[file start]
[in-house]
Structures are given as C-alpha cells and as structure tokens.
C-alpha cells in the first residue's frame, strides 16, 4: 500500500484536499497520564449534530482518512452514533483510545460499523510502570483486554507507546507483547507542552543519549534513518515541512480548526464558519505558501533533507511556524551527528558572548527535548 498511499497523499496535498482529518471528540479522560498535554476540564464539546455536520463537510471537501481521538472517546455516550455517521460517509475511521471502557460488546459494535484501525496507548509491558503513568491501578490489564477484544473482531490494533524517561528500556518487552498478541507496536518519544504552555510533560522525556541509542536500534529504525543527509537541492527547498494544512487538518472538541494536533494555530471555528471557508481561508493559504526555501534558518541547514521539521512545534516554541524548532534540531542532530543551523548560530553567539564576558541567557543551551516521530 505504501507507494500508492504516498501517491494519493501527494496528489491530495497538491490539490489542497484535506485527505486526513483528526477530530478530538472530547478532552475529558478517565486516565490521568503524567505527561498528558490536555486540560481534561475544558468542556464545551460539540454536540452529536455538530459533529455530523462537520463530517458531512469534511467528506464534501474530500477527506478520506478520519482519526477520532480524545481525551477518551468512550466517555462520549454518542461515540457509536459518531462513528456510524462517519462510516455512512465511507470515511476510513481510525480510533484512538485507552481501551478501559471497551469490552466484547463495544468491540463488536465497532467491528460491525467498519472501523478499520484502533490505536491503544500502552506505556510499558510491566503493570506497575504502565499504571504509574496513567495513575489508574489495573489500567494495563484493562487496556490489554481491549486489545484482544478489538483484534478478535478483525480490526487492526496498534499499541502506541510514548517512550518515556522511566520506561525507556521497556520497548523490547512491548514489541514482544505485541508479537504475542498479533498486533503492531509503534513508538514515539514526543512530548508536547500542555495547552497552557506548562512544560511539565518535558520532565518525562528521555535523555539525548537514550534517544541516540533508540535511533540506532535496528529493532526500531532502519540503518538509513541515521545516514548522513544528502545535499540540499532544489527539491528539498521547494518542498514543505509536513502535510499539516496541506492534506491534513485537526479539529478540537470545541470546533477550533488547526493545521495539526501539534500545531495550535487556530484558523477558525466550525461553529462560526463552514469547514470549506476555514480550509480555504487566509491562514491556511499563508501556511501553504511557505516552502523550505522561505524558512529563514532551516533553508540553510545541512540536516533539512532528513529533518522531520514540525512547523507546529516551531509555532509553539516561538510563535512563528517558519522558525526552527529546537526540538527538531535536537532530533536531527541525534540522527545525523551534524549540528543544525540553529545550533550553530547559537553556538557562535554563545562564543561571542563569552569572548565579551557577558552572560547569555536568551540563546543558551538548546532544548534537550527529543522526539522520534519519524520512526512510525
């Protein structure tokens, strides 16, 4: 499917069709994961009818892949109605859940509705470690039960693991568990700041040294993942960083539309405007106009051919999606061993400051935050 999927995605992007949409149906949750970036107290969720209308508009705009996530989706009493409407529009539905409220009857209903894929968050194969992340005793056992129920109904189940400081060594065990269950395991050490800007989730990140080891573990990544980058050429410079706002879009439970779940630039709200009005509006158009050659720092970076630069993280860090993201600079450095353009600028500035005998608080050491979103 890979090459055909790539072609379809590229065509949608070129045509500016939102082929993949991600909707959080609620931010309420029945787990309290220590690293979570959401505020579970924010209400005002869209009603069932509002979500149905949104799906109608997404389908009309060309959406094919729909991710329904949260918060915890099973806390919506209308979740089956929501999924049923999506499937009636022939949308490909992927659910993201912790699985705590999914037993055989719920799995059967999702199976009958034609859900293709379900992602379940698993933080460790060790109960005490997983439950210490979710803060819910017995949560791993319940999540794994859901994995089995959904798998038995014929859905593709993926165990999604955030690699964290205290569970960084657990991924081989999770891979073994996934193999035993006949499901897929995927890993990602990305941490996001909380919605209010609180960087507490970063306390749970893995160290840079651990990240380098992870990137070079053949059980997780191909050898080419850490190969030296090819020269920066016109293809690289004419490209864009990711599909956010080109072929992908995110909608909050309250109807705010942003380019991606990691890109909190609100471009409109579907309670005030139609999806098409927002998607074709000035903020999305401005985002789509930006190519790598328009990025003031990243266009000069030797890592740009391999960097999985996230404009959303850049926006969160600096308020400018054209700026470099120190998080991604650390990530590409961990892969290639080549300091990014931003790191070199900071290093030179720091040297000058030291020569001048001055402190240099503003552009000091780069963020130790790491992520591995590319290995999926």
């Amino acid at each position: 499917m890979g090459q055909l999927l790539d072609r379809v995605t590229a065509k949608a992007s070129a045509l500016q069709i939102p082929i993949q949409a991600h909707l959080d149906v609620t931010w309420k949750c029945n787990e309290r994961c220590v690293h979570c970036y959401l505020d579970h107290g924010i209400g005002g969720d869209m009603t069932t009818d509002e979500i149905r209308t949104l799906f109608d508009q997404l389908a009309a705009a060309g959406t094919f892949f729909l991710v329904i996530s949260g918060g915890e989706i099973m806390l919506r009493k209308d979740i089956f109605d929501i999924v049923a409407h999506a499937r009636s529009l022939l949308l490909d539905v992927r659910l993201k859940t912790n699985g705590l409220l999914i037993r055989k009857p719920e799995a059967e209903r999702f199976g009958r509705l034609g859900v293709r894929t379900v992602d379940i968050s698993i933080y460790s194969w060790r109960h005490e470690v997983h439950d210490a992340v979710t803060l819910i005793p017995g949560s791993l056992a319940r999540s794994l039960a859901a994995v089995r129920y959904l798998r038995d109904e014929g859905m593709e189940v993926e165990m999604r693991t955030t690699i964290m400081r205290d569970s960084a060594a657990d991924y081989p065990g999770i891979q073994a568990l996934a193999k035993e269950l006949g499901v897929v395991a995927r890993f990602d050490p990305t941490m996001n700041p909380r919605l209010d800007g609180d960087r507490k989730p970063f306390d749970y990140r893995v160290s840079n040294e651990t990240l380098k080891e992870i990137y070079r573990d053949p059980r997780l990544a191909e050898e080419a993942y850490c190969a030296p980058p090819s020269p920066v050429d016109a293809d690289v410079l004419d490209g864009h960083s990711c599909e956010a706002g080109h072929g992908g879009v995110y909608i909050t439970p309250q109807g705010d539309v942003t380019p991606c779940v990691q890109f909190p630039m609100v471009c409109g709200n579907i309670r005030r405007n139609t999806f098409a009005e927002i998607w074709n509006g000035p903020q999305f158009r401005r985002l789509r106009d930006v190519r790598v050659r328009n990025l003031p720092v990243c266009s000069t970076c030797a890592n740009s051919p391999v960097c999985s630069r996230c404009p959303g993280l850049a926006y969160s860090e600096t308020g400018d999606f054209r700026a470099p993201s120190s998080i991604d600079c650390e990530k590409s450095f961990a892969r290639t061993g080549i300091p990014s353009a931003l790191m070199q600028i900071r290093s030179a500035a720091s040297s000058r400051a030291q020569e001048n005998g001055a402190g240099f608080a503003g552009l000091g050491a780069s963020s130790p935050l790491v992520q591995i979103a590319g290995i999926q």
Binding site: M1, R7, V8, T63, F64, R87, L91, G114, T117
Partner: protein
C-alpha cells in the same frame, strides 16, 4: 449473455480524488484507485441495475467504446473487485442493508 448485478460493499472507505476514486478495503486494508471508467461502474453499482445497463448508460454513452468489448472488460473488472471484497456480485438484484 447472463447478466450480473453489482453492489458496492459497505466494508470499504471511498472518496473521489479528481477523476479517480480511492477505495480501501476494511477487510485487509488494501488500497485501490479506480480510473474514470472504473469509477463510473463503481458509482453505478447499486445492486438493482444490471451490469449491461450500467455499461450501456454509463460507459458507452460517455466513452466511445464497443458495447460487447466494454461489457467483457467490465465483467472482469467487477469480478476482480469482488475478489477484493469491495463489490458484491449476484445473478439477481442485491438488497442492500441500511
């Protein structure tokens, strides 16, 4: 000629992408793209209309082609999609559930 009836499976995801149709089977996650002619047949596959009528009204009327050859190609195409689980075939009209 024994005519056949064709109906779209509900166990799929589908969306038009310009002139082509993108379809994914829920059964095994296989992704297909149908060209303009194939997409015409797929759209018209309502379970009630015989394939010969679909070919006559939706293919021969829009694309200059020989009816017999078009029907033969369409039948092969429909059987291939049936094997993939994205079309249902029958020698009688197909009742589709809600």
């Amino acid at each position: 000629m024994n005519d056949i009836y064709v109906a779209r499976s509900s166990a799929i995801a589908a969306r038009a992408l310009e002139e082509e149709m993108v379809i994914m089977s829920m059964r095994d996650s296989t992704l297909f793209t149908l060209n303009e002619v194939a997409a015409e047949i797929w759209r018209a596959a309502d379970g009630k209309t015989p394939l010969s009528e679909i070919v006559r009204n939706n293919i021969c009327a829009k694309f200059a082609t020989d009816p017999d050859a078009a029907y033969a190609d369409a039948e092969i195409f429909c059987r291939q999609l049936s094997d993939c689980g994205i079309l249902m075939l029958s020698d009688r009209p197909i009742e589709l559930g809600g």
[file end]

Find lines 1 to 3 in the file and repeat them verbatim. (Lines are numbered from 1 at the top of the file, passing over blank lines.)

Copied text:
[in-house]
Structures are given as C-alpha cells and as structure tokens.
C-alpha cells in the first residue's frame, strides 16, 4: 500500500484536499497520564449534530482518512452514533483510545460499523510502570483486554507507546507483547507542552543519549534513518515541512480548526464558519505558501533533507511556524551527528558572548527535548 498511499497523499496535498482529518471528540479522560498535554476540564464539546455536520463537510471537501481521538472517546455516550455517521460517509475511521471502557460488546459494535484501525496507548509491558503513568491501578490489564477484544473482531490494533524517561528500556518487552498478541507496536518519544504552555510533560522525556541509542536500534529504525543527509537541492527547498494544512487538518472538541494536533494555530471555528471557508481561508493559504526555501534558518541547514521539521512545534516554541524548532534540531542532530543551523548560530553567539564576558541567557543551551516521530 505504501507507494500508492504516498501517491494519493501527494496528489491530495497538491490539490489542497484535506485527505486526513483528526477530530478530538472530547478532552475529558478517565486516565490521568503524567505527561498528558490536555486540560481534561475544558468542556464545551460539540454536540452529536455538530459533529455530523462537520463530517458531512469534511467528506464534501474530500477527506478520506478520519482519526477520532480524545481525551477518551468512550466517555462520549454518542461515540457509536459518531462513528456510524462517519462510516455512512465511507470515511476510513481510525480510533484512538485507552481501551478501559471497551469490552466484547463495544468491540463488536465497532467491528460491525467498519472501523478499520484502533490505536491503544500502552506505556510499558510491566503493570506497575504502565499504571504509574496513567495513575489508574489495573489500567494495563484493562487496556490489554481491549486489545484482544478489538483484534478478535478483525480490526487492526496498534499499541502506541510514548517512550518515556522511566520506561525507556521497556520497548523490547512491548514489541514482544505485541508479537504475542498479533498486533503492531509503534513508538514515539514526543512530548508536547500542555495547552497552557506548562512544560511539565518535558520532565518525562528521555535523555539525548537514550534517544541516540533508540535511533540506532535496528529493532526500531532502519540503518538509513541515521545516514548522513544528502545535499540540499532544489527539491528539498521547494518542498514543505509536513502535510499539516496541506492534506491534513485537526479539529478540537470545541470546533477550533488547526493545521495539526501539534500545531495550535487556530484558523477558525466550525461553529462560526463552514469547514470549506476555514480550509480555504487566509491562514491556511499563508501556511501553504511557505516552502523550505522561505524558512529563514532551516533553508540553510545541512540536516533539512532528513529533518522531520514540525512547523507546529516551531509555532509553539516561538510563535512563528517558519522558525526552527529546537526540538527538531535536537532530533536531527541525534540522527545525523551534524549540528543544525540553529545550533550553530547559537553556538557562535554563545562564543561571542563569552569572548565579551557577558552572560547569555536568551540563546543558551538548546532544548534537550527529543522526539522520534519519524520512526512510525